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Thursday, October 30, 2014

Detecting and Exploiting the HTTP PUT Method

I recently found a web server which allowed the HTTP PUT Method. This was detected and proven vulnerable by a Nessus vulnerability scan which actually uploaded it's own page at /savpgr1.html with the text “A quick brown fox jumps over the lazy dog.” My first thought was to see if I could upload a shell (php, asp, jsp) which you can make in metasploit or find online. Unfortunately this didn't work as none of them were being interpreted by the server. Another possible attack scenario could have been a phishing attack where we created our own page within the web application.

During this test I didn't have much time and there wasn't a lot of information online about the HTTP PUT method from a penetration testing perspective. This blog post will be going over various ways to detect if a web server accepts the PUT method, how to successfully complete a PUT request, and how to set up a test web server which accepts PUT.

Detecting the HTTP PUT Method

  • OPTIONS method via Netcat, Burp, etc.:
    nc www.victim.com 80
    OPTIONS / HTTP/1.1
    Host: www.victim.com
      
  • Nmap: The http-methods.nse script checks each HTTP method and outputs the response. This can be really nice for quickly checking multiple servers/ports at a time. Example usage would be: nmap --script=http-methods.nse -p80,443 .
  • Nessus: One of the ways Nessus reports on detected HTTP methods is through plugin 43111 "HTTP Methods Allowed (per directory)". The plugin file used is "web_directory_options.nasl" which can usually be found in /opt/nessus/lib/nessus/plugins.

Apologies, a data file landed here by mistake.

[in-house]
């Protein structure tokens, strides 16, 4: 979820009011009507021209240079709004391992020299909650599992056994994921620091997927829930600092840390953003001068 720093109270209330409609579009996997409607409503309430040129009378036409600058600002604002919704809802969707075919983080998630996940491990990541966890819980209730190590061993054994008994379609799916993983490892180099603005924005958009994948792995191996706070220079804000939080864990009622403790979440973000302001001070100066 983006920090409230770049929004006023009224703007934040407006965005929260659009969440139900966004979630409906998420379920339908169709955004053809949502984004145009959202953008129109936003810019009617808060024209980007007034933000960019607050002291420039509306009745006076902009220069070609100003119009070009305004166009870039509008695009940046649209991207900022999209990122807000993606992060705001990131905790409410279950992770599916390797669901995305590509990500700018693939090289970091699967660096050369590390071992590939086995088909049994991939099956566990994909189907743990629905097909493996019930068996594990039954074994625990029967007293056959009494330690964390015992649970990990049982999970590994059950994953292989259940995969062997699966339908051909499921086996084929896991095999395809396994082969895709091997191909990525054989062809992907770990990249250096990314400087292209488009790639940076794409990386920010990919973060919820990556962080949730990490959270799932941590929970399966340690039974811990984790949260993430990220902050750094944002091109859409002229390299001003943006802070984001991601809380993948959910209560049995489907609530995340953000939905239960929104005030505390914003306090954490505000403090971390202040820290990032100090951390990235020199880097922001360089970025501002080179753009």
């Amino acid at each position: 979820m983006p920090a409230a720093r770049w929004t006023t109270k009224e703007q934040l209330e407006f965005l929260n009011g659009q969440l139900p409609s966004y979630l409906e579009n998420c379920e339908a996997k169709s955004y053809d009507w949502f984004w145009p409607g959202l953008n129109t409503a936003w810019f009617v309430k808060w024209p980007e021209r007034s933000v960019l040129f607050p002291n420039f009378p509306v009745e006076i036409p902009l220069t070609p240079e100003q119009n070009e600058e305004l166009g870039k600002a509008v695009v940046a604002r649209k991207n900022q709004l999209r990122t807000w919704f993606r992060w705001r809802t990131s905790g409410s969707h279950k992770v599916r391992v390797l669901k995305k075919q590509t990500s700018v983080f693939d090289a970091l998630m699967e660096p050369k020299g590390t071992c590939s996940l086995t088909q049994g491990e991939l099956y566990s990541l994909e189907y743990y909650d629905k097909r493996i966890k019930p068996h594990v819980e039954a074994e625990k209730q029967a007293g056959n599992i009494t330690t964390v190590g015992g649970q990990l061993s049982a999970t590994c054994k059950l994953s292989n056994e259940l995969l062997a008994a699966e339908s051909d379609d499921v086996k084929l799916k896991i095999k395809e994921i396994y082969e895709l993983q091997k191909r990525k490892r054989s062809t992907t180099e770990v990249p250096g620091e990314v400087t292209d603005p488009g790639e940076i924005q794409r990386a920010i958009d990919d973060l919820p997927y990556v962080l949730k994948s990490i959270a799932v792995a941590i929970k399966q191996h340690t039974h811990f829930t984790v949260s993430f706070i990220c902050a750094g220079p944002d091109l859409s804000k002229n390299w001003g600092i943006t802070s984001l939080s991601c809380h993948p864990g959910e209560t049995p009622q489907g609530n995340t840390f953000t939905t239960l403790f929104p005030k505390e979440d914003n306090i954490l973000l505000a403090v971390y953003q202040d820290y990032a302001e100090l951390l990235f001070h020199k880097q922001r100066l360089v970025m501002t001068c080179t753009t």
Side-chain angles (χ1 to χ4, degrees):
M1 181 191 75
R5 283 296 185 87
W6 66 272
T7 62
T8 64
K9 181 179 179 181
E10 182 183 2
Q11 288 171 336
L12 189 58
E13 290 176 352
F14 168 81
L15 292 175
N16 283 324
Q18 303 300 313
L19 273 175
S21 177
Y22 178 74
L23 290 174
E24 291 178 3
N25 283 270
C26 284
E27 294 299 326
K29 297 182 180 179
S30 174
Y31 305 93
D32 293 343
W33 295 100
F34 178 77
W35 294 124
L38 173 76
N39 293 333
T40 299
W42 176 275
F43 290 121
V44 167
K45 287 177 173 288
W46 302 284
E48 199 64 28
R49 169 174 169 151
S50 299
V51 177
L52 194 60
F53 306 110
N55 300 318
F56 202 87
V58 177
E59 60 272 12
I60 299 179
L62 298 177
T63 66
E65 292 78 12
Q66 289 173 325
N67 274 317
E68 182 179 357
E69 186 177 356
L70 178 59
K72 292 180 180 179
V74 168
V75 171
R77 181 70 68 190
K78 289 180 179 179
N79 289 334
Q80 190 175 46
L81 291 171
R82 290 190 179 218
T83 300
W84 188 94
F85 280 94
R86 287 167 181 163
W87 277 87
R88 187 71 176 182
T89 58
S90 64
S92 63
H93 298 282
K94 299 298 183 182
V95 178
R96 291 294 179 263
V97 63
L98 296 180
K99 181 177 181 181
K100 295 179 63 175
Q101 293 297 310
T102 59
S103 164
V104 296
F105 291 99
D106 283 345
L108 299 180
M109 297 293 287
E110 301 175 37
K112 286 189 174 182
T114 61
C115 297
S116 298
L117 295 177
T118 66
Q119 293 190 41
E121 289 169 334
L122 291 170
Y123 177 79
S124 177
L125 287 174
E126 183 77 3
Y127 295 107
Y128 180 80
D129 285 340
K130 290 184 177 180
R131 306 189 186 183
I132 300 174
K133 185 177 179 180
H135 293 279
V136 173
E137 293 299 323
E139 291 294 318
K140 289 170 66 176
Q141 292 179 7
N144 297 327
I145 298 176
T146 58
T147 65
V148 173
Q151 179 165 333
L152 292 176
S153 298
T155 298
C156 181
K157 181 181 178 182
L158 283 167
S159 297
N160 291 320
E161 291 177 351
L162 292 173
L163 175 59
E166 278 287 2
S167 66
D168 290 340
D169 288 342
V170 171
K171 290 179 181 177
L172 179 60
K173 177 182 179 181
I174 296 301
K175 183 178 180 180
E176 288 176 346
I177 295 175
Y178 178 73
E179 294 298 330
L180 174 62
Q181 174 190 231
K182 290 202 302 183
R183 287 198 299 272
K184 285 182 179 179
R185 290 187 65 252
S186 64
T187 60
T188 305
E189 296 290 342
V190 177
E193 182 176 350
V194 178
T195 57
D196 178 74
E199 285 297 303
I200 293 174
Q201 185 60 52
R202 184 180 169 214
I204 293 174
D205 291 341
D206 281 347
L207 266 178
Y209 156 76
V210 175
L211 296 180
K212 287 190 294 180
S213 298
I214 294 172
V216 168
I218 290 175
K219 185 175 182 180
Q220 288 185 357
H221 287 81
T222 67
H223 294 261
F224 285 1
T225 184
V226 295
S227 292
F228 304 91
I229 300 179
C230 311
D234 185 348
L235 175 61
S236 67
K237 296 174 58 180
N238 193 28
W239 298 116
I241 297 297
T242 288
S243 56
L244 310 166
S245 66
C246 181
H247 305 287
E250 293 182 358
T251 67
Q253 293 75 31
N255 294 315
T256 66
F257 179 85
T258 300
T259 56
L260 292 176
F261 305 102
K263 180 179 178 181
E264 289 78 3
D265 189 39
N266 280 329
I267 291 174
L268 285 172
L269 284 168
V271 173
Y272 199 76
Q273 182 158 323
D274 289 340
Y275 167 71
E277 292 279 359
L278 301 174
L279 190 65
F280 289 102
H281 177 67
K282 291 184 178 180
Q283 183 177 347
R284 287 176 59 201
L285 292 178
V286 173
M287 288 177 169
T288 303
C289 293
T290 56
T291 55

Make a PUT Request / Upload Data

  • Request with Netcat, Burp, etc.:
    nc www.victim.com 80
    PUT /hello.htm HTTP/1.1
    User-Agent: Mozilla/4.0 (compatible; MSIE5.01; Windows NT)
    Host: www.victim.com
    Accept-Language: en-us
    Connection: Keep-Alive
    Content-type: text/html
    Content-Length: 182
    
    <html>
    <body>
    <h1>Hello, World!</h1>
    </body>
    </html>
      
  • cURL: It is worth noting these commands have varying level of success.
    curl -i -X PUT -H "Content-Type: application/xml; charset=utf-8" -d @"/tmp/some-file.xml" http://www.victim.com/newpage
    
    curl -X PUT -d "text or data to put" http://www.victim.com/destination_page
    
    curl -i -H "Accept: application/json" -X PUT -d "text or data to put" http://victim.com/new_page
      
  • Quickput.py: I found this old python script which PUTs a local file onto a target web server. The script takes two arguments: a local file and the destination url. There are optional arguments for authentication. The content-length of the local file is automatically calculated and updated in the PUT request. I had pretty good success with using this script, which can be downloaded here.